Tear down Part 2

How to remove carburettors on a Suzuki Intruder VS1400


Tools Required

• Long Nose Pliers
• 10mm Spanner x 2
• 12mm Spanner
• Philips Screw Driver

Removing the air boots

The first thing you need to do is to loosen a couple of ring clips. These ring clips are fastened and secured using a Philips screw and holds the air boot from the airbox to the carburettors. Find the head of those screws, loosen them and then you’ll be able to remove the rubber boot and get it out of the way so it doesn’t cause an obstruction when you’re working on the carbs. You’ll find these ring clips at both ends of the rubber boot of both carburettors. One ring clip secures the boot to the airbox and the other to the carburettor.

Once you’ve loosened them up, you can very slowly pry off the rubber boot. You want to be careful when you’re doing this, as you don’t want to crack or split them (otherwise you’ll have to replace them), and if it doesn’t come off easily, try loosening the ring clips more.

Make sure you check the boots when they are off – Check them for splits and fractures and make sure they are soft and pliable, not rock solid and rigid. If they have any of these defects, they need to be replaced because if you have more air going into the carbs than you are supposed to,  the engine will not run as intended and you may get over-revving and backfiring.

Remove from the cylinder

Now you can work on the other side of the carbs to release them from the cylinders. This is the same process as before, you have two ring clips: one on the front carb and one on the rear carb. These are attached to the cylinders. Find the heads of those screws and loosen them up. Once they are loosened, you’ll be able to slowly manoeuvre the carbs off of the cylinders.  Make sure you don’t just pull them off when you’re done, as there will be some other things we need to take into account first.

Make sure you locate which wires are going from the front carbs to the rear carb and which are going under the frame. You don’t want to remove the carbs without doing this as some wires go underneath the centre bracket and you need to release any wires and pipes that are going around the engine.

On this bike, I needed to take note of the choke cable and the throttle cable from the front carb. Both of these were going underneath the centre frame. This may be different on your bike, depending on any mods that may have been done.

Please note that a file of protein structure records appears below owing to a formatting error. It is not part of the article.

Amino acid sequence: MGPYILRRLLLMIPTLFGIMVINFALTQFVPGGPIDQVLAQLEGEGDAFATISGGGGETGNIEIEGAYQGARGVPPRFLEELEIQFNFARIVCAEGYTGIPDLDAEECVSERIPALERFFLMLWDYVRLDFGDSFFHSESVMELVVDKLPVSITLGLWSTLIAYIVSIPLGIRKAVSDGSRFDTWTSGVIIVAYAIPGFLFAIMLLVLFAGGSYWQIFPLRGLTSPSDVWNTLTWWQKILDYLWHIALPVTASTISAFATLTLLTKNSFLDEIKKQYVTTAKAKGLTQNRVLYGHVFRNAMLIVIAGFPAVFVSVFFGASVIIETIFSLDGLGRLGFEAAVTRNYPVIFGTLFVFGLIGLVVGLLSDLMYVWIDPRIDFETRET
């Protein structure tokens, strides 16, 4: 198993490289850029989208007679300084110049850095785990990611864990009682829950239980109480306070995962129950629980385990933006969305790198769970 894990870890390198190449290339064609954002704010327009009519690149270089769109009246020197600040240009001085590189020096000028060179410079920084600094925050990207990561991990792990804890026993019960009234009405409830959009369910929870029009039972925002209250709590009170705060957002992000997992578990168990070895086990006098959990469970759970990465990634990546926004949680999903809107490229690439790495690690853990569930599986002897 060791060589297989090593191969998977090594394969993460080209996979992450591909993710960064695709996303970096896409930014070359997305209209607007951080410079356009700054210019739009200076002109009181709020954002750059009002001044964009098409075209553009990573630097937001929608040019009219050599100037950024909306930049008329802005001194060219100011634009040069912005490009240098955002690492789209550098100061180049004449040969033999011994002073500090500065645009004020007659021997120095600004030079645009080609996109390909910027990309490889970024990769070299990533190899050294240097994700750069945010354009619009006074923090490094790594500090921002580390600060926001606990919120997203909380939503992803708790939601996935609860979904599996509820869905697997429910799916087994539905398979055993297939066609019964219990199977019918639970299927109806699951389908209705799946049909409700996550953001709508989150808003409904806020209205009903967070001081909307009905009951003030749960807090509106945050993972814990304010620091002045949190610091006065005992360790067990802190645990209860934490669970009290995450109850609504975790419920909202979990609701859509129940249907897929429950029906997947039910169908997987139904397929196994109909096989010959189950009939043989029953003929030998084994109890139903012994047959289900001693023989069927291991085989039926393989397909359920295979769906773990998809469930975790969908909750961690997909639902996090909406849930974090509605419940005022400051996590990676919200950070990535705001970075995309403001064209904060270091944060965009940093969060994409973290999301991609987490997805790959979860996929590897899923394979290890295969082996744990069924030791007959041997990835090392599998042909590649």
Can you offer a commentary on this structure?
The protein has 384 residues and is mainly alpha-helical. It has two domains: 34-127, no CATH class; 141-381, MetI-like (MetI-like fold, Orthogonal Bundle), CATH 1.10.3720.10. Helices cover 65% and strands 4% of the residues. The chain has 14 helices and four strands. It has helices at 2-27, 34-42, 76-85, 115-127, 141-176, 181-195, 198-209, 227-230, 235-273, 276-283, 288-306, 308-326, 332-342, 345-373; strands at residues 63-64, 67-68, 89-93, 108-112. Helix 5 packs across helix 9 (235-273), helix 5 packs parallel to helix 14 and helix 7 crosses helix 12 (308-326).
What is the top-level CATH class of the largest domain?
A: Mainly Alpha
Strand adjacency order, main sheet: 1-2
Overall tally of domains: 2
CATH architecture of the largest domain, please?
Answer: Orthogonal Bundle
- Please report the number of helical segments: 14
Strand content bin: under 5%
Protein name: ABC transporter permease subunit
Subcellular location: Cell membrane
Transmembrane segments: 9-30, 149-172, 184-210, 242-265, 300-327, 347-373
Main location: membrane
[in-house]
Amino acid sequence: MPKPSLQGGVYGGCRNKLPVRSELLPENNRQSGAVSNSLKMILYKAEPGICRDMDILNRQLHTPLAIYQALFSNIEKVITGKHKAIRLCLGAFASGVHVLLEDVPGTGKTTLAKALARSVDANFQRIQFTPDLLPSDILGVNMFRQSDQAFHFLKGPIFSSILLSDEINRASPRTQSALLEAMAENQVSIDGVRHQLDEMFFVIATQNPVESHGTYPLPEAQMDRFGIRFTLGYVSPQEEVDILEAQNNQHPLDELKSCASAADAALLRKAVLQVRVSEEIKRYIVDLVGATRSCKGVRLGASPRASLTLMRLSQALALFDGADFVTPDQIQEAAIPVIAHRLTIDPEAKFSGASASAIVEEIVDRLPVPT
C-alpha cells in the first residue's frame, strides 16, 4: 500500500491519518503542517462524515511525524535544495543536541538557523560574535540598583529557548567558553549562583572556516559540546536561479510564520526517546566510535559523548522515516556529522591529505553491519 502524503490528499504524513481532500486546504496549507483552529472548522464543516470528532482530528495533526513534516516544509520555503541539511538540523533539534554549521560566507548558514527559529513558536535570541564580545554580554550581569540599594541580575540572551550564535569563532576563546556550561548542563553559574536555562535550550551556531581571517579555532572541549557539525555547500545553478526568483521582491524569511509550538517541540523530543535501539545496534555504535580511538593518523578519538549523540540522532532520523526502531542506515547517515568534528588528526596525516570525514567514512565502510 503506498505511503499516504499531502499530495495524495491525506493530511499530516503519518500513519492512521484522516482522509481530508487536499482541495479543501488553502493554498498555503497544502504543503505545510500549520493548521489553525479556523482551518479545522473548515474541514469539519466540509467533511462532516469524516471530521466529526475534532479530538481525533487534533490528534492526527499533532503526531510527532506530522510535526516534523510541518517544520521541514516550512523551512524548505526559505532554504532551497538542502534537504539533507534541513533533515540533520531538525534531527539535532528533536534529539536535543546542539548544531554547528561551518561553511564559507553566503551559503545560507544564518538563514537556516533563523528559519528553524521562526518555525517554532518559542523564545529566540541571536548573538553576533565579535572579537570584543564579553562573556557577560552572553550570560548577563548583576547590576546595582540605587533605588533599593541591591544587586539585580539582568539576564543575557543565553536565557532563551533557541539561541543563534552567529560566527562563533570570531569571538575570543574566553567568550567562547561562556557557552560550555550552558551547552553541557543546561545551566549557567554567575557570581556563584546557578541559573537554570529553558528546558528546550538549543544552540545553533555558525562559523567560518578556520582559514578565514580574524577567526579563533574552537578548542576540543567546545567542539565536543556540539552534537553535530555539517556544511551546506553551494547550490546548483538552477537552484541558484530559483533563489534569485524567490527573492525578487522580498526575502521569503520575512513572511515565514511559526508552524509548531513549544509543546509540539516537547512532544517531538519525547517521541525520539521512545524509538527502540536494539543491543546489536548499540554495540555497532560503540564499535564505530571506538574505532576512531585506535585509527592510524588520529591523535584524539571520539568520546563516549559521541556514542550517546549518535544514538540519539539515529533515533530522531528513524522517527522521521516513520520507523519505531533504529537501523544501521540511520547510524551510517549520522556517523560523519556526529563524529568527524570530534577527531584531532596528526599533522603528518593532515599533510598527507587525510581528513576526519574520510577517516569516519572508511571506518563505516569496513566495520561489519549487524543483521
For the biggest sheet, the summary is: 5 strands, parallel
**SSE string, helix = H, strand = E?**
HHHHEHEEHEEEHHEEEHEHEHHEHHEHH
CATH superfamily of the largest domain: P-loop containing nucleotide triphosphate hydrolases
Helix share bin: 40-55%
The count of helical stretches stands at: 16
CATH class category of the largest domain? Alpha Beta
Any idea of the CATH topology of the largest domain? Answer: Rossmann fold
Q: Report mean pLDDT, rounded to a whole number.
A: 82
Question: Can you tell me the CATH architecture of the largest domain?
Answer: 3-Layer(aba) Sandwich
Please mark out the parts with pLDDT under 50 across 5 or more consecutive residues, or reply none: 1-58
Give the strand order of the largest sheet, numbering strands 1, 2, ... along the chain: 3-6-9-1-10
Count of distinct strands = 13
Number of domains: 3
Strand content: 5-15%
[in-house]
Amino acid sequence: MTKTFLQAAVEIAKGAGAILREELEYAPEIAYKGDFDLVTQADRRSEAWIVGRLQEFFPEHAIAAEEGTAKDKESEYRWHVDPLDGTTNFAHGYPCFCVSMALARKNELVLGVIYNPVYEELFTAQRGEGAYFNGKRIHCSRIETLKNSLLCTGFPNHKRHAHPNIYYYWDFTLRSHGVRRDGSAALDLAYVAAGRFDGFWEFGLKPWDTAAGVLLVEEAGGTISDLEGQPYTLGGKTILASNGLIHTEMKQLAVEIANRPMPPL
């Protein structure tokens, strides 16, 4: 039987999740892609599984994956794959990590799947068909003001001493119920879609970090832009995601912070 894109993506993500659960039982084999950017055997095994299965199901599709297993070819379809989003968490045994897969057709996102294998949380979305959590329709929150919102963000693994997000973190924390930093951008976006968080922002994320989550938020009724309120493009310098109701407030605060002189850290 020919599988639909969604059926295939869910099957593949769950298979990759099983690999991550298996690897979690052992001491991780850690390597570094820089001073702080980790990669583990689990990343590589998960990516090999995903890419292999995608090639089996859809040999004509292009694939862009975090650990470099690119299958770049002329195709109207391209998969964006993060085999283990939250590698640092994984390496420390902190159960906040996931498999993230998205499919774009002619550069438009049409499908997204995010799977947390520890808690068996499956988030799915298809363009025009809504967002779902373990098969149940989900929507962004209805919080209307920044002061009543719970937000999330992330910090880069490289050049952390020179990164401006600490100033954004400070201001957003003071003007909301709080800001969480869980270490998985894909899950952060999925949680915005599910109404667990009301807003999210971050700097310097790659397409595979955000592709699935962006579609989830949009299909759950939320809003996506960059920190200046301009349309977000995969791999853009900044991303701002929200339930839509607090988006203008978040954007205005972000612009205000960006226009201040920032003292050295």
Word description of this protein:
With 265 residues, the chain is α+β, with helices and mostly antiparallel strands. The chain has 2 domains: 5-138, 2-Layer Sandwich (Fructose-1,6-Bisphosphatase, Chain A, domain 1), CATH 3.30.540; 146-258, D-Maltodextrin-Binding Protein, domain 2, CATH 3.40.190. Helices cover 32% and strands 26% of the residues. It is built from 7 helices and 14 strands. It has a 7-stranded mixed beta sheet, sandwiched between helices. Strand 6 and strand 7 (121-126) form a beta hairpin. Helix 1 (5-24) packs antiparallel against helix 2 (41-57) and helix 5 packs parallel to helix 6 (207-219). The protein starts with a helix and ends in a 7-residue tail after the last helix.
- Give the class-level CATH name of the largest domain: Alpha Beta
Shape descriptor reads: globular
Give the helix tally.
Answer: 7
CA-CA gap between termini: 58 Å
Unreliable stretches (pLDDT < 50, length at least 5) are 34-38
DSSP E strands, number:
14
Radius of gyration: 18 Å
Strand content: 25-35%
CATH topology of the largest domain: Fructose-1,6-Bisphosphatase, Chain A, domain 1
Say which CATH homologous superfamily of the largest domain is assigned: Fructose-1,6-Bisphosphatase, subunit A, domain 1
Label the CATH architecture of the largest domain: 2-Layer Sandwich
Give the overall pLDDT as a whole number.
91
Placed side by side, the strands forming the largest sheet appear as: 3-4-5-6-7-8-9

Releasing the Rear Carb

There is a brass nut on the throttle arm of the rear carburettor (right-hand side) which anchors the throttle cable. You’ll be able to get a couple of spanners in there and release it, but it can be very fiddly. Mine wasn’t in good condition, so I cut it rather than release it to get it out with ease. You DO NOT need to cut the throttle cable if you’re not replacing it. You may also want to take note of the piece of conduit (foil tubing) on the left-hand side of the frame – This is your fuel line that connects the two carbs together. You don’t have to remove this if it’s going over the top of the frame, but if you do, make sure you keep it in good condition.

You also need to remove the fuel supply line to the rear carb. It’s the rear carb that takes the fuel first from the tank and it is then supplied to the front carb. There is a metal clip at the top of the pipe, you need to release that clip and then push down on that pipe to remove it from the bottom of the carb. Be mindful of the wiring and other components while applying downward pressure to remove the pipe. The carb should then be easily removable.

The last piece to remove on the rear carb is the choke. There is a 12mm plastic nut on the carb. Underneath this nut, there is a spring and a needle (both move freely so be careful) – when removing the choke cable, make sure you do it slowly so as not to lose these inner parts.

Sync Cable

The sync cable goes under the frame connecting the two carbs. Its job is to synchronize both carburettors, allowing the same mixture of air and fuel into the cylinders at the same time with the same amount of pressure. If we don’t sync the carbs, the engine won’t run well.

If you can get the carbs out without touching the sync cable or loosening it, do it, as it’ll make the job of refitting a lot easier. If you do have to make changes to the tension of the sync cable or remove it completely in order to release both carburettors, syncing the carbs thereafter will be essential.

Releasing the Front Carb

You need to release the tension on the throttle cable on the front carb and remove the end of the throttle cable from the throttle arm located on the front carburettor. To do this, follow the throttle cable down from the handlebar to where it joins to the front carburettor. You will find a lock nut that you need to release before loosening the throttle cable nut.  Then continue to unscrew the throttle cable from the carbs. This will allow us to take the carbs to the workbench. To release the ends of the throttle cable from the throttle arm, ideally use some long nose needle pliers to manoeuvre the end of the cable out of the carburettors throttle arms.

The front choke is easier to remove than the rear one. Pull any slack in the choke cable through and away from it’s seated position on the choke arm, this will give you enough room to release the end of the choke cable. Rotate the choke cables plastic housing where it meets the carburettor (see video 11m:02s) and it will release.

Please note

Never force anything. Use WD40 or an equivalent penetration fluid, spray it, leave it for half an hour, and try again.

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Hägar - Intruder Viking

Hägar - Intruder Viking

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